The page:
The Sunday News
WHEN the nation recovers from the coronavirus break, it will not be business as usual if ever we aspire to remain in the game.
It is a norm that markets evolve, but in this short space of time the tourism market is undergoing something like a revolution.
Some of the destinations may easily fall by the wayside. People will be highly cautious in their choice of travel destinations, a heightened level of scrutiny will be applied in assessing destination suitability. We need, as a nation, to be geared to pass that kind of scrutiny with good ratings to be competitive.
Now is the time for us to draw on all our points of strength to boost our competitive position and attractiveness index. If any tourism and hospitality player in this country is to enjoy good levels of business or at least attain the level experienced prior to the entire world going on lockdown, Zimbabwe should be attractive enough to make the bucket list of global tourists, when we finally get to that time.
For Zimbabwe to be attractive and be ahead of intense competition, it takes everyone to do what is right. We may get it right on advertising and other marketing communications but let’s for a while focus on what happens when an international tourist steps on Zimbabwean soil. Do we all play our roles with the ideal of rendering top drawer hospitality and promoting tourism in the best way possible. By “we” I am referring to ordinary citizens, institutions and businesses.
We should have a distinguished brand of hospitality that starts right at our ports of entry. Such hospitality can turn our customer into a brand ambassador for Zimbabwe. It should be consistent and ubiquitous.
A situation where one person makes an effort in the right direction and the next person undermines it will certainly render our destination unattractive. Hospitality is not the preserve of those running tourism businesses but every person. When tourists come to Zimbabwe, they deal with so many people who are not necessarily in the tourism industry. It is therefore necessary for people in all institutions that will handle our tourists to appreciate the significance of their roles in painting either a beautiful or ugly image of the country to the tourists.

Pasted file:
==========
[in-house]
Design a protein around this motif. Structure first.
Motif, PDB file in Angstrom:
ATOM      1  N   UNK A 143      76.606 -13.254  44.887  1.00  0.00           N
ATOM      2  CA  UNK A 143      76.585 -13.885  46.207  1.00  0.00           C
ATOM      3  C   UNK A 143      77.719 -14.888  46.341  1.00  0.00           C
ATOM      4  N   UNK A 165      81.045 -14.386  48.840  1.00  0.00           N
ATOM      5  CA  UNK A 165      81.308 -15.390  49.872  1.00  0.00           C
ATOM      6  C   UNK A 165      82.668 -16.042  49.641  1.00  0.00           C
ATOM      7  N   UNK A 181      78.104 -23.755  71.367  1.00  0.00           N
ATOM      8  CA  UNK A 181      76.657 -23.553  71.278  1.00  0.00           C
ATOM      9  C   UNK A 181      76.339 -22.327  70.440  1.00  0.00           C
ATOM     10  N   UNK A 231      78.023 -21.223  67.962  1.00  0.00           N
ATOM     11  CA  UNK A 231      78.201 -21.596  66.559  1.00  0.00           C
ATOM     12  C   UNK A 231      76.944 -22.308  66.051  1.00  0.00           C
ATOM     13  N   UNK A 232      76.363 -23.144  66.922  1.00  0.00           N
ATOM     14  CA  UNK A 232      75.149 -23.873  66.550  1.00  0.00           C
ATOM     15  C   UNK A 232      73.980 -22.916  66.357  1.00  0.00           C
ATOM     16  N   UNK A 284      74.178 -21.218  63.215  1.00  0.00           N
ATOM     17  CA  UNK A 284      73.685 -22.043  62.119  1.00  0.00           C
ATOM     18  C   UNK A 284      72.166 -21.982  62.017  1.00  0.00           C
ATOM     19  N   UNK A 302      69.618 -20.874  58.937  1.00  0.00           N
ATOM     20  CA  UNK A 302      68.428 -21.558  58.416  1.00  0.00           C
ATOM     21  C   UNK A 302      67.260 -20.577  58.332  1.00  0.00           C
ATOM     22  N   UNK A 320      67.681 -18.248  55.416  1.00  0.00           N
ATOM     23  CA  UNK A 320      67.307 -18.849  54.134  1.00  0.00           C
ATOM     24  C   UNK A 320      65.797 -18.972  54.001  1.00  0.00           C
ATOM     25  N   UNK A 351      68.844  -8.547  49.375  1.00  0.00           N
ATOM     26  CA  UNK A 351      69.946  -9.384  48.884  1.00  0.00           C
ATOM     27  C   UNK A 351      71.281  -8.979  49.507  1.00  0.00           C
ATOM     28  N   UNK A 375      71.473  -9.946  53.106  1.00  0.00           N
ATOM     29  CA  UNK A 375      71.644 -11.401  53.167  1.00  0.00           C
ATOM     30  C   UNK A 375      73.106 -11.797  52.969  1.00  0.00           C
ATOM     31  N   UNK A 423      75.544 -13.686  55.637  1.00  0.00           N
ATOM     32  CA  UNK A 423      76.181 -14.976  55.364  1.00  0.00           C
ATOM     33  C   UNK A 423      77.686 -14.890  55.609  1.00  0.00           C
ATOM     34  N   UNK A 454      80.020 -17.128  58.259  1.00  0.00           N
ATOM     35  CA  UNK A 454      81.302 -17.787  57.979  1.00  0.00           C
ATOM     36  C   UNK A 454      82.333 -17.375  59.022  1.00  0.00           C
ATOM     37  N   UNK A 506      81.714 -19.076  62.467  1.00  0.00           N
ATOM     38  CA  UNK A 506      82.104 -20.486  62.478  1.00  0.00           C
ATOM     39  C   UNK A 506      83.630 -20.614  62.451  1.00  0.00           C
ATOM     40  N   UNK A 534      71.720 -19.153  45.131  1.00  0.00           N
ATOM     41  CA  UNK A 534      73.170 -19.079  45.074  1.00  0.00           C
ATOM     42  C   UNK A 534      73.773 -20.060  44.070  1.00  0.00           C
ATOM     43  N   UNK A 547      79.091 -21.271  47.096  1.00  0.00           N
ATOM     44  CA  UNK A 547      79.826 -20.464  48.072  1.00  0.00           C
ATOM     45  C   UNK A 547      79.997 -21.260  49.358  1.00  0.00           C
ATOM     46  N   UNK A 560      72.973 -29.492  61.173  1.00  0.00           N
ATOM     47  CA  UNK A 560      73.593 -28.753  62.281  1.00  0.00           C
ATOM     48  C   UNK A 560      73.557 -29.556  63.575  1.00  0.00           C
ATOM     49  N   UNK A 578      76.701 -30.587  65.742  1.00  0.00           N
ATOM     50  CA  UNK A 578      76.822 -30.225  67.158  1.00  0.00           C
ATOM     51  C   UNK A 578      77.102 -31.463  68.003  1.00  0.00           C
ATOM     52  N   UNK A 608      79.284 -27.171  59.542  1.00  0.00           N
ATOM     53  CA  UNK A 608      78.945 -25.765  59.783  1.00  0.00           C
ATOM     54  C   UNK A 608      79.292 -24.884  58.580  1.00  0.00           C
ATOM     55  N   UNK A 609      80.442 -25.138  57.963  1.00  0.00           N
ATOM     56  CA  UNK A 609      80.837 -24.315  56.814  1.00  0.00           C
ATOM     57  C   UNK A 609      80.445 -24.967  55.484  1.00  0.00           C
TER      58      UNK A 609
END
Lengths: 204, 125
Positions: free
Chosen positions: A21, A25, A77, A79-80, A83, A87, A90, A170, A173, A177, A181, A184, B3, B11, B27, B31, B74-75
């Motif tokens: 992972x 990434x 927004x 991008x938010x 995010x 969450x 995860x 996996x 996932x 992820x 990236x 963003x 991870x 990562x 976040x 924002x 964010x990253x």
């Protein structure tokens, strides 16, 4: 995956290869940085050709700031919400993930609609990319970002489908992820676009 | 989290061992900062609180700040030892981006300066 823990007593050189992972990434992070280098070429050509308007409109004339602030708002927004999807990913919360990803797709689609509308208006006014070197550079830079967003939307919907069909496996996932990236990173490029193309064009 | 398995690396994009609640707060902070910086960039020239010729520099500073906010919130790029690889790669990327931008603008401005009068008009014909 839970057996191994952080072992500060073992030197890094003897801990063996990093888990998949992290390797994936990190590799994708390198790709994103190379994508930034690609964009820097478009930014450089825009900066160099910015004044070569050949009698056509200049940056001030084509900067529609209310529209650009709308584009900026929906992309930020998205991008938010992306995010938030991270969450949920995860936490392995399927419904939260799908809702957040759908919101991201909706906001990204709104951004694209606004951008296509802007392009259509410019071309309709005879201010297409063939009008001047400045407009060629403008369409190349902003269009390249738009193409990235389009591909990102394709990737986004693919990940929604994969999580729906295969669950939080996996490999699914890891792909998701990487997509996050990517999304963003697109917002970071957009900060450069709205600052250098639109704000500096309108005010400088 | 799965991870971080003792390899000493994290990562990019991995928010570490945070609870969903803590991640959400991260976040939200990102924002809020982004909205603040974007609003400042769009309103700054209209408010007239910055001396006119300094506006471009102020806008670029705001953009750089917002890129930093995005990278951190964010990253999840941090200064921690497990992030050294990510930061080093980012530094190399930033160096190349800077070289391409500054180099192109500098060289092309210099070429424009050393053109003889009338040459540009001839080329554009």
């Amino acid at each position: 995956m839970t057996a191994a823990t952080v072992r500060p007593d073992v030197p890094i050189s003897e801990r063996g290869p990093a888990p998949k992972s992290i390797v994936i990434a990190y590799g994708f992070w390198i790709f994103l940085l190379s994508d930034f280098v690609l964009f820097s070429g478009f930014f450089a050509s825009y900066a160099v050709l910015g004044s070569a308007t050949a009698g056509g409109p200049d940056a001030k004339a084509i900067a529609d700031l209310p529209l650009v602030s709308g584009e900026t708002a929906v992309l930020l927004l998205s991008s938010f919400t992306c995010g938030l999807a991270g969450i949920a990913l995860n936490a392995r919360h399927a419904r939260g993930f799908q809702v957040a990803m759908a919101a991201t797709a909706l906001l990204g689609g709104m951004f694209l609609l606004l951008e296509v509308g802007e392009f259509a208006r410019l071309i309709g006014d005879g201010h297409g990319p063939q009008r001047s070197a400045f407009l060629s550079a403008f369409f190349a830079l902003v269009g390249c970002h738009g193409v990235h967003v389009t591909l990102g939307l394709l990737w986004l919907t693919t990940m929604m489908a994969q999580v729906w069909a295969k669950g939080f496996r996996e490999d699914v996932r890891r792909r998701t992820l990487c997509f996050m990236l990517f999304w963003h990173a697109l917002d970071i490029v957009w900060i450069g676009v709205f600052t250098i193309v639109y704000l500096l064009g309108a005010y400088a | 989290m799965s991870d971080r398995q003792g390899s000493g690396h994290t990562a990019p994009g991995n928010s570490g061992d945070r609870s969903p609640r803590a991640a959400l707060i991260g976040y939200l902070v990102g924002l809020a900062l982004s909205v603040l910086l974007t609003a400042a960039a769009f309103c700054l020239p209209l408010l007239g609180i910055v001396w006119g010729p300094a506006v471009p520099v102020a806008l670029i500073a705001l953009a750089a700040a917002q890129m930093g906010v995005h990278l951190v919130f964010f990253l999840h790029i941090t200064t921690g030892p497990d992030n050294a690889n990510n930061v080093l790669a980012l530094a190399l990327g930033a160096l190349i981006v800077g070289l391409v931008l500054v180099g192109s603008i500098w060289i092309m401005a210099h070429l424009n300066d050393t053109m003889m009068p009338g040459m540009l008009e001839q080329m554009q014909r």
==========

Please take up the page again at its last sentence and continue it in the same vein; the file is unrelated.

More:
It may be necessary for certain people in such institutions as Zimra, police and the Immigration Department to get training in hospitality lest they spoil the broth for the tourism industry.
The tourism industry itself is quite complex, based on partnerships among individual organisations within a loosely defined value system.
Quality hospitality service should be rendered to the tourists throughout the tourism distribution channel. That way we have an intact tourism offering as a destination.
Tourism enterprises should view the current downturn in business as an opportune time to review their business strategy to incorporate best practices in hospitality and customer service.
This will strengthen their competitive position and ensure their and the destination’s future relevance in light of changing conditions. If we were good, let us strive to be better.
The name Zimbabwe should be synonymous with untainted hospitality and seamless service. If tourism businesses play right, the non-tourism institutions play ball, the ordinary guy on the street does right and the policy makers create an enabling environment, we can win this.
It is possible to go back to the pre-year 2000 levels of beyond 600 000 overseas tourist arrivals, and we can attain that riding on an impeccable reputation of service excellence.
Phineas Chauke is a Bulawayo-based tourism consultant, marketer and tour guide. Contact him on +263776058523, [email protected]